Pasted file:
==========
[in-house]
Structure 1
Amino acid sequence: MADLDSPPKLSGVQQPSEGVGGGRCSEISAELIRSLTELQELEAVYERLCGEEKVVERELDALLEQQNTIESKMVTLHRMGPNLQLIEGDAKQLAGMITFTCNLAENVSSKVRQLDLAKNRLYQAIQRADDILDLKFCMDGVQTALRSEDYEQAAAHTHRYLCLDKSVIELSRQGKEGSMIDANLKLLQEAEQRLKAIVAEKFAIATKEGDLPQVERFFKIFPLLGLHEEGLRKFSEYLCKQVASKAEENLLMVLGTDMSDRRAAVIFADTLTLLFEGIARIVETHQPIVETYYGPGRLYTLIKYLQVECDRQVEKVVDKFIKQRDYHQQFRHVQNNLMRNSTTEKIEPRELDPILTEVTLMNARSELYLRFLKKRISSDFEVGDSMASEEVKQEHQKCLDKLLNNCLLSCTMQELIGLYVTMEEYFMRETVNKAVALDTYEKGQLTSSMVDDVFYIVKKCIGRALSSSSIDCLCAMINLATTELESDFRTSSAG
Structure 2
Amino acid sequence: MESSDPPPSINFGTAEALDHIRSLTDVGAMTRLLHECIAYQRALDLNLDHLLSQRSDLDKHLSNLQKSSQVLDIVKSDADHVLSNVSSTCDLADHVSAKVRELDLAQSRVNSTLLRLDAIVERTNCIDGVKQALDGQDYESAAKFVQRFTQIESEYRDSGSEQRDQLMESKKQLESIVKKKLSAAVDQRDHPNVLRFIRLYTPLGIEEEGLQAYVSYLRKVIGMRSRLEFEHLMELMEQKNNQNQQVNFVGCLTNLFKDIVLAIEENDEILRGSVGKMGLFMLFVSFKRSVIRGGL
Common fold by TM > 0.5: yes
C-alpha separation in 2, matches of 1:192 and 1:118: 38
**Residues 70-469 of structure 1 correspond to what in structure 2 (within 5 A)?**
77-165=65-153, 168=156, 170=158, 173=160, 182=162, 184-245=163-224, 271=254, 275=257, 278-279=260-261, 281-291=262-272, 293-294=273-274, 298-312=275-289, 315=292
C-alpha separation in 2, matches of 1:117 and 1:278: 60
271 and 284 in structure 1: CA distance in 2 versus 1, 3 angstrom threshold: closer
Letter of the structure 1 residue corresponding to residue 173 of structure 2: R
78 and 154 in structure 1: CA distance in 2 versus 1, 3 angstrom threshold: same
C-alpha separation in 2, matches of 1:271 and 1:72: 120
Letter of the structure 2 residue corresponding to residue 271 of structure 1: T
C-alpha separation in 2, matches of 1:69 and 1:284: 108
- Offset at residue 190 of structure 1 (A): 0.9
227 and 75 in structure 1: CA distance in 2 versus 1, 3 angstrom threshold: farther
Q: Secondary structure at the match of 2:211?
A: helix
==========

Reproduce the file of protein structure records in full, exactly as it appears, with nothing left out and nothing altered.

[in-house]
Structure 1
Amino acid sequence: MADLDSPPKLSGVQQPSEGVGGGRCSEISAELIRSLTELQELEAVYERLCGEEKVVERELDALLEQQNTIESKMVTLHRMGPNLQLIEGDAKQLAGMITFTCNLAENVSSKVRQLDLAKNRLYQAIQRADDILDLKFCMDGVQTALRSEDYEQAAAHTHRYLCLDKSVIELSRQGKEGSMIDANLKLLQEAEQRLKAIVAEKFAIATKEGDLPQVERFFKIFPLLGLHEEGLRKFSEYLCKQVASKAEENLLMVLGTDMSDRRAAVIFADTLTLLFEGIARIVETHQPIVETYYGPGRLYTLIKYLQVECDRQVEKVVDKFIKQRDYHQQFRHVQNNLMRNSTTEKIEPRELDPILTEVTLMNARSELYLRFLKKRISSDFEVGDSMASEEVKQEHQKCLDKLLNNCLLSCTMQELIGLYVTMEEYFMRETVNKAVALDTYEKGQLTSSMVDDVFYIVKKCIGRALSSSSIDCLCAMINLATTELESDFRTSSAG
Structure 2
Amino acid sequence: MESSDPPPSINFGTAEALDHIRSLTDVGAMTRLLHECIAYQRALDLNLDHLLSQRSDLDKHLSNLQKSSQVLDIVKSDADHVLSNVSSTCDLADHVSAKVRELDLAQSRVNSTLLRLDAIVERTNCIDGVKQALDGQDYESAAKFVQRFTQIESEYRDSGSEQRDQLMESKKQLESIVKKKLSAAVDQRDHPNVLRFIRLYTPLGIEEEGLQAYVSYLRKVIGMRSRLEFEHLMELMEQKNNQNQQVNFVGCLTNLFKDIVLAIEENDEILRGSVGKMGLFMLFVSFKRSVIRGGL
Common fold by TM > 0.5: yes
C-alpha separation in 2, matches of 1:192 and 1:118: 38
**Residues 70-469 of structure 1 correspond to what in structure 2 (within 5 A)?**
77-165=65-153, 168=156, 170=158, 173=160, 182=162, 184-245=163-224, 271=254, 275=257, 278-279=260-261, 281-291=262-272, 293-294=273-274, 298-312=275-289, 315=292
C-alpha separation in 2, matches of 1:117 and 1:278: 60
271 and 284 in structure 1: CA distance in 2 versus 1, 3 angstrom threshold: closer
Letter of the structure 1 residue corresponding to residue 173 of structure 2: R
78 and 154 in structure 1: CA distance in 2 versus 1, 3 angstrom threshold: same
C-alpha separation in 2, matches of 1:271 and 1:72: 120
Letter of the structure 2 residue corresponding to residue 271 of structure 1: T
C-alpha separation in 2, matches of 1:69 and 1:284: 108
- Offset at residue 190 of structure 1 (A): 0.9
227 and 75 in structure 1: CA distance in 2 versus 1, 3 angstrom threshold: farther
Q: Secondary structure at the match of 2:211?
A: helix